Hindu Supremacy biggest threat to religious freedom in India since Gandhi assassination: Arfa Khanum Sherwani at IRF Summit - IAMC
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Hindu Supremacy biggest threat to religious freedom in India since Gandhi assassination: Arfa Khanum Sherwani at IRF Summit

Washington, D.C. (Feb 5, 2024) – Speaking at the International Religious Freedom Summit (IRF Summit) on Jan 30-31, prominent Indian journalist Arfa Khanum Sherwani stated that Hindu majoritarianism – also known as Hindutva, or Hindu supremacy – is “the greatest threat to secularism and religious freedom in India” since the assassination of Mahatma Gandhi.

“The ideology that is responsible for the assassination of Gandhi… is ruling India right now,” said Sherwani, Senior Editor at Indian publication The Wire, while speaking at a panel titled “Challenges in India for Non-Majority Faiths” organized by the Indian American Muslim Council (IAMC).

Sherwani also pushed back against the idea that rising anti-Muslim violence in India should be labeled as merely “communal violence” or interfaith clashes.

“It’s not communal violence. Let’s call it what it is. It is state persecution of Indian Muslims… Right now, it is the Indian Muslims who are [painted as] the clearest enemy,” Sherwani said. “I feel [Prime Minister Narendra Modi] might try to formalize the status of second class citizenship to Indian Muslims, and he might try to change the constitution in fundamental ways.”

Another break-out session on South Asian religious freedom, titled “Blasphemy and Violence Across India,” featured Nadine Maenza, President of the IRF Secretariat and former Chair of the United States Commission on International Religious Freedom (USCIRF), who spoke on rising anti-minority violence in India.



“We see Hindu nationalists in coordination with the controlling BJP government, targeting ‘the Other,’ including Muslims, Christians, Sikhs and other religious and ethnic minorities,” said Maenza. “The hate speech and religiously discriminatory policies and laws have led to violent attacks, including sexual violence against minorities within communities.”

Also speaking at the panels were activists and faith leaders, including Sukhman Dhami, Co-Founder of Ensaaf, a nonprofit organization working to achieve justice for crimes against humanity in India.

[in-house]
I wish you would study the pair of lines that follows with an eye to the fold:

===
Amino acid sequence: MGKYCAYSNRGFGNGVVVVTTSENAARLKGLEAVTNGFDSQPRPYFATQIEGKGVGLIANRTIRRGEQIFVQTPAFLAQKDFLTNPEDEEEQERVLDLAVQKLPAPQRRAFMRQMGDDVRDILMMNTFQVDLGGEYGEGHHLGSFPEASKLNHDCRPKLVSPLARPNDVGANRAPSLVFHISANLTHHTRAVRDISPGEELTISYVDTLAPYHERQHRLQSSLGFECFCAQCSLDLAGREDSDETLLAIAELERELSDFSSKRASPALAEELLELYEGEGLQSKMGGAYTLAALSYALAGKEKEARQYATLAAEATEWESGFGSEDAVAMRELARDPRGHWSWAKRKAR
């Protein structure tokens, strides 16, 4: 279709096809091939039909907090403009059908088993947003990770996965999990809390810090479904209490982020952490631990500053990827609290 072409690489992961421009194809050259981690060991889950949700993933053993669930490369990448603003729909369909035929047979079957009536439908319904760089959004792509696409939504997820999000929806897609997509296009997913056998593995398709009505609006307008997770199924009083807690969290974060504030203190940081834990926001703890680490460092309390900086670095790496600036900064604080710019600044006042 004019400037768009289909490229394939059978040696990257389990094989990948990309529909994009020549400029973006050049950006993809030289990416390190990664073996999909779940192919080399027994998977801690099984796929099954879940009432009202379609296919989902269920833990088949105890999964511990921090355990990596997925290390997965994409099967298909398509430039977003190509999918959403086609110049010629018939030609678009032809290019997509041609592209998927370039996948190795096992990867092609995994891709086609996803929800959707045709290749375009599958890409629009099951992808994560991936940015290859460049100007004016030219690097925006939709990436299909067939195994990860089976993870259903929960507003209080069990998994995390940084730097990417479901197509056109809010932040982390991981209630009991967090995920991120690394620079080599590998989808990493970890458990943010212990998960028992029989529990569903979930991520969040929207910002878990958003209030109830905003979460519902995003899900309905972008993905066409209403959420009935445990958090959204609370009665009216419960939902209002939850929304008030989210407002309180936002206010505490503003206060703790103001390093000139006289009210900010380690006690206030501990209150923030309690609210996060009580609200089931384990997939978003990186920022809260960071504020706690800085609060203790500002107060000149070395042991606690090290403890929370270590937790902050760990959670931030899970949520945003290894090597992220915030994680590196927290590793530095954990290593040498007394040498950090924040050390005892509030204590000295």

“India has become a country where persecution based on faith is a consistent feature,” said Dhami. “We’ve also seen an entrenched culture of impunity arise… Because of this culture, we see a continuing replication of persecution and gross human rights violations.”

Dhami also commented on recent reports that the Indian government ordered assassinations on individuals living outside of India, including in the United States and Canada.

“India has been emboldened by the fact that it has been able to get away with atrocity crimes in India,” he said. “[It] has now taken those same practices… and has felt that it has a license to kill with impunity internationally.”

Siju Thomas, Director of Alliance Defending Freedom (ADF) International India, spoke on rising hate crimes against Christians by Hindu supremacists, including cases of mob violence.

“Just last year we reported close to 700 incidents of violence and hostility against Christians [in India],” said Thomas. The year before that, we had close to 500 such incidents; and the year before that, again, close to 500… and these are very conservative estimates.”

“For the last almost ten years, we have continuously seen attacks on the Indian constitution… [some] say that we have already formed a new constitution, and if that comes to effect, there won’t be voting rights for Christians, Muslims or other minority communities,” said Father Christu Rajan, Archdiocese of Madras-Mylapore. “India remains a secular country, but that is now a jeopardy.”



“Hindu majoritarian extremists… day in and day out are attacking churches, mosques, symbols of the minority religious community,” said Ajit Sahi, Advocacy Director at IAMC. “They are beating up people and forcing them to chant Hindu religious slogans… But they are never acted against.”

“Right now, everything is weaponized,” said Bina Nepram, Founder of the Northeast India Women Initiative for Peace. “Our identity is weaponized, our religion is weaponized, our homes are weaponized, our politics is weaponized. How can we build a society with guns? We have to do nation building, and it has to be done with a lot of love.”